It has been well documented that players hailing from South America and Europe can earn big money by making the switch to sign for a team plying their trade in the Chinese Super League.
Very often stars such as Paulinho at Guangzhou Evergrande Taobao, Javier Mascherano at Hebei China Fortune and Hulk at Shanghai SIPG can almost double their money by penning lucrative deals with clubs.
The lure for the clubs comes in the shape of utilising their skills on the pitch but also harnessing the publicity garnered by the association with such big names.
But although a switch can be highly lucrative in terms of wages, it can also work the other way in terms of the player’s profile. Let’s face it, even though the CSL continues to grow at a decent rate, it doesn’t offer players the platform to showcase their ability as much as the top leagues around Europe for instance.
This could be seen as very much the case for Yannick Carrasco, 25, who is enjoying his time in China with Dalian Yifang but who feels as if his future is in doubt with regards to his international team, Belgium, as a result of his omission from, for instance, the show windows of the Bundesliga, La Liga or indeed the Premier League.
And that probably explains exactly why Carrasco, the former Atletico Madrid and Monaco winger, is looking to leave Dalian Yifang. Luckily for him, Arsenal are said to be keen on recruiting his services and he could well be on his way to the Emirates Stadium this summer, according to reports.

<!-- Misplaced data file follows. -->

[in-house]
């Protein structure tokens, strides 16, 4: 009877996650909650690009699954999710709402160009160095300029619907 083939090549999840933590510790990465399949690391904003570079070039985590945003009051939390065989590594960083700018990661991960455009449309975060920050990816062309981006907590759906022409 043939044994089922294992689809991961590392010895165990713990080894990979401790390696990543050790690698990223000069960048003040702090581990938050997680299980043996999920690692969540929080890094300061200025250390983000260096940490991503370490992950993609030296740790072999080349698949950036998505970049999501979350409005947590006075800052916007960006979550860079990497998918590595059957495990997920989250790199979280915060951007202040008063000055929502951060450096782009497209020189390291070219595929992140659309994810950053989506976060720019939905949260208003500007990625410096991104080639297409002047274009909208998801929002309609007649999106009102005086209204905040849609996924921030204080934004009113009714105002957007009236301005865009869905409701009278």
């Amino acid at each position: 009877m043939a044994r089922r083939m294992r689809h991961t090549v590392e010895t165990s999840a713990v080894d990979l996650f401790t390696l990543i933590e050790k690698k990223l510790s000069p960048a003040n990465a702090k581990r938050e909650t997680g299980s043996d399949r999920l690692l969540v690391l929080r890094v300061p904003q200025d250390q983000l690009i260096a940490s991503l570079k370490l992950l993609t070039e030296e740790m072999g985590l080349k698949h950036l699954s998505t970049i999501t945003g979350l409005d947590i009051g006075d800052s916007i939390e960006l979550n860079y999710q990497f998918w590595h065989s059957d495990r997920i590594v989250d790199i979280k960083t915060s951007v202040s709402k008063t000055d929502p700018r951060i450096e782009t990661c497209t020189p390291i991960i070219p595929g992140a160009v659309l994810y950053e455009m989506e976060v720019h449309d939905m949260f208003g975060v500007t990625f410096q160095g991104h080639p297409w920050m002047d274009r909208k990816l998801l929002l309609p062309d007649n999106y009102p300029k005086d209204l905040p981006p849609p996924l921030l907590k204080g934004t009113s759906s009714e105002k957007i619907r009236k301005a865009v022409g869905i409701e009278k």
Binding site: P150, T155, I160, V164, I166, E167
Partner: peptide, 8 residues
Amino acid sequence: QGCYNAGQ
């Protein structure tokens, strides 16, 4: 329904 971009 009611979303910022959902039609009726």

The Gunners are said to have held talks with Dalian Yifang about a potential loan deal during the January transfer window but failed to come to an agreement with the Chinese Super League club. This could be resurrected in the summer, of course. For Carrasco has revealed that he is keen to return to Europe as he is concerned about his opportunities of playing for Belgium’s national side while he remains in the CSL.
He said: “I would love to return to Europe. A lot of clubs were interested in me. We tried to find a solution in January that would enable me to leave Dalian Yifang. But I can understand the club’s thinking. They wanted me to stay. I still feel okay in China. But I have lost my starting place in the Belgian national side. This can happen with a team of their quality. With the level of competition there will always be times when you don’t get to play a lot.”
Meanwhile, the Chinese Football Association has announced that all clubs in its top-flight Chinese Super League must have an affiliated women’s soccer team by 2020.
The newly-founded women’s teams will play in the Women’s Super League (WSL) and its sub-divisions. The CFA’s acting president Du Zhaocai said: “We have recently announced fresh plans focusing on promoting women’s football by enhancing the organisation and management, youth development, competitions and coaching courses.”